Since the 1940s, per- and polyfluoroalkyl substances (PFAS) have been used in a myriad of products, ranging from raincoats and building materials to furniture, fire extinguishers, solar panels, saucepans, packaging and paints.
However, PFAS have proven to have a number of harmful effects on humans and the environment. And unfortunately, they are very difficult to break down in nature, hence their nickname 'forever chemicals'. As a result, the substances continuously accumulate in humans, animals, and elsewhere in nature.
A new research project at Aarhus University will combat this, and under the name AquaCleaner, the project has received DKK 3 million from the Novo Nordisk Foundation.
"PFAS are some of the worst environmental pollutants, and unfortunately we don't yet have green methods that can completely break the very strong carbon-fluorine bonds that make the substances extremely resistant to natural decay. In this project, we propose using a synergy of enzymes which, together with a new carbon-nano material in a multi-step system, can completely break down PFAS into non-harmful components," says Assistant Professor Zongsu Wei, an expert in water treatment at the Department of Biotechnology and Chemical Engineering at Aarhus University.
Today, a number of different techniques are used to remedy the problem with PFAS. However, the methods either require a lot of energy or other types of chemicals, or they don't remove PFAS completely, but transfer them to another phase (e.g. water to solid).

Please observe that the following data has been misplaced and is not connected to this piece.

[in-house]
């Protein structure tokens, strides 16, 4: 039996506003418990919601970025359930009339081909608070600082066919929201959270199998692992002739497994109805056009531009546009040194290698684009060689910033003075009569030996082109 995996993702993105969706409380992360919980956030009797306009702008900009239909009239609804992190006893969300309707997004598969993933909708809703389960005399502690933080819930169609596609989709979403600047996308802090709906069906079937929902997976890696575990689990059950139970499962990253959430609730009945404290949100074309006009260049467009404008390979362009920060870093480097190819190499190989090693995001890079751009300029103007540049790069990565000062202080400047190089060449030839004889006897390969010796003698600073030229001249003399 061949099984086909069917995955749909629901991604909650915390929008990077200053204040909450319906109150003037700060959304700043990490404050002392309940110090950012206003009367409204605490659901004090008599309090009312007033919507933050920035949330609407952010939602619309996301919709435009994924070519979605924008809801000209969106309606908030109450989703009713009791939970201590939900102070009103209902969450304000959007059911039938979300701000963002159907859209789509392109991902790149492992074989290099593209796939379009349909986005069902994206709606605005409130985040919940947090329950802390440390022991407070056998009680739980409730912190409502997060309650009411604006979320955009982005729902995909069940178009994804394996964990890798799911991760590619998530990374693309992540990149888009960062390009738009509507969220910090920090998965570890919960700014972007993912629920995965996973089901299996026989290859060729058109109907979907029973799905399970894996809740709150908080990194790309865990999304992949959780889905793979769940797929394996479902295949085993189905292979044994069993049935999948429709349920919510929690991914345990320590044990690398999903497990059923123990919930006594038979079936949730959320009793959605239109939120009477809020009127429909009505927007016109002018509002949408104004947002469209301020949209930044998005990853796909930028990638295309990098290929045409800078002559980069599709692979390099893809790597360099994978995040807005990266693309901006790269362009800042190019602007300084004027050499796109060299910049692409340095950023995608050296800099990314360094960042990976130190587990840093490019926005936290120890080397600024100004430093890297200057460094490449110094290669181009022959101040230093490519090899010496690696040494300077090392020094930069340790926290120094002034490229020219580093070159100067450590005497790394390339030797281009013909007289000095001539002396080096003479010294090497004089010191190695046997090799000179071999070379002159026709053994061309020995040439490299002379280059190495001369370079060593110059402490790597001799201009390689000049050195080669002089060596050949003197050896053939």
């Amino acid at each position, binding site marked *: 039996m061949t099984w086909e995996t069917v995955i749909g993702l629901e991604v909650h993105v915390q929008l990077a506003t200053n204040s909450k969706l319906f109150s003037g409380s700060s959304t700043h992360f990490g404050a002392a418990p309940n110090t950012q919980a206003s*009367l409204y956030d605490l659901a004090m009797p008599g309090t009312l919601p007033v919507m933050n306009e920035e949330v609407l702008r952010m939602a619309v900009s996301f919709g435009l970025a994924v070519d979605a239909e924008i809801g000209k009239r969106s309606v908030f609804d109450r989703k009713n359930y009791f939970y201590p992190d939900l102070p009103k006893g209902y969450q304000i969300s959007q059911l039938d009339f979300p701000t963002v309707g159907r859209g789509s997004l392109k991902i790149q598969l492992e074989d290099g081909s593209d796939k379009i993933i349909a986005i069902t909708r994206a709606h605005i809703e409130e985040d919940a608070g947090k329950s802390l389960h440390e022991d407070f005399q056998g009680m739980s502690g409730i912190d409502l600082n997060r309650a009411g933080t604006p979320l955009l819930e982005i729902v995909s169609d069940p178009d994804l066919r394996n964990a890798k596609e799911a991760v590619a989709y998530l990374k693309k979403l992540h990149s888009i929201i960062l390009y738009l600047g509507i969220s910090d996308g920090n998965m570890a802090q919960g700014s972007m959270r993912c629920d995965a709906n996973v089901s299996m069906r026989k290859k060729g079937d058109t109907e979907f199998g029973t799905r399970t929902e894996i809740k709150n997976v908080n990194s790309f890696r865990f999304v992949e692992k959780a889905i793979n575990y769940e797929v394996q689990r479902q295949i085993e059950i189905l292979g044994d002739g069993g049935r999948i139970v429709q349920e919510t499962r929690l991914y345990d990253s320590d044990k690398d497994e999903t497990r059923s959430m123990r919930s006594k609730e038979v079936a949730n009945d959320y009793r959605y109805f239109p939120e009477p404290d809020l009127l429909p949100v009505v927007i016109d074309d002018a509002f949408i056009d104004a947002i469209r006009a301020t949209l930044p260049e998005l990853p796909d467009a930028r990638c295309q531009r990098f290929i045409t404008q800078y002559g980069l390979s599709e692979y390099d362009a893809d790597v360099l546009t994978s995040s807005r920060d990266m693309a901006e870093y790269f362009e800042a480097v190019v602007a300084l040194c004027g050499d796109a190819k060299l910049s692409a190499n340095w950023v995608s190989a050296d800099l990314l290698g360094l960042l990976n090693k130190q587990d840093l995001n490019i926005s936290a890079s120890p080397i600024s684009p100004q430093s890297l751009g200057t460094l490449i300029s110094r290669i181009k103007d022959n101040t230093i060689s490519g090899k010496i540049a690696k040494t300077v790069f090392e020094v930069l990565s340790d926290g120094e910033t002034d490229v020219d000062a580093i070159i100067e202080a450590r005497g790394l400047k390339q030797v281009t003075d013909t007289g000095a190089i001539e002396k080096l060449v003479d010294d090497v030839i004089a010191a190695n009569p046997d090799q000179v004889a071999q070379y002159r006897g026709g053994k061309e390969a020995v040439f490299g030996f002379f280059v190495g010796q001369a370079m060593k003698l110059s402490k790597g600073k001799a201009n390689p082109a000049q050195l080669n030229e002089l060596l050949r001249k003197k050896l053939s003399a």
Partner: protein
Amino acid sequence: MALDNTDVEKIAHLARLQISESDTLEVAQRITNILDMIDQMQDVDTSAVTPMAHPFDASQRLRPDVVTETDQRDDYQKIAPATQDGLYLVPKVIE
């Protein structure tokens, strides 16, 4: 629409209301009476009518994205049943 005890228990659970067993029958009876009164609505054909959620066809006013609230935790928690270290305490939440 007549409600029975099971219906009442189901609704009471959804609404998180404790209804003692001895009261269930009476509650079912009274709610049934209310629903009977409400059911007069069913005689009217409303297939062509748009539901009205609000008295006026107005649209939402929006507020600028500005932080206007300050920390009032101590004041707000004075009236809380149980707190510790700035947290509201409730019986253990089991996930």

None of the existing methods can break down the perpetual chemicals in a green, sustainable way, and that is exactly what Assistant Professor Zongsu Wei is proposing with his project.
Based on the discovery of new metalloenzymes and dehalogenases, the researchers propose a cascade treatment strategy that can break down PFAS. In the final step of the system, the researchers will develop a nano-photo catalyst based on a new material: titanate nanotube-activated carbon.
"This technology uses significantly less energy than modern treatment techniques, and we can use it to realise our goal to completely degrade PFAS. Enzymatic defluorination is still in its early years, but we're hoping for a breakthrough in the area. The process is scalable and therefore has huge perspectives," says Associate Professor Zheng Guo, who is the Co-PI for this project.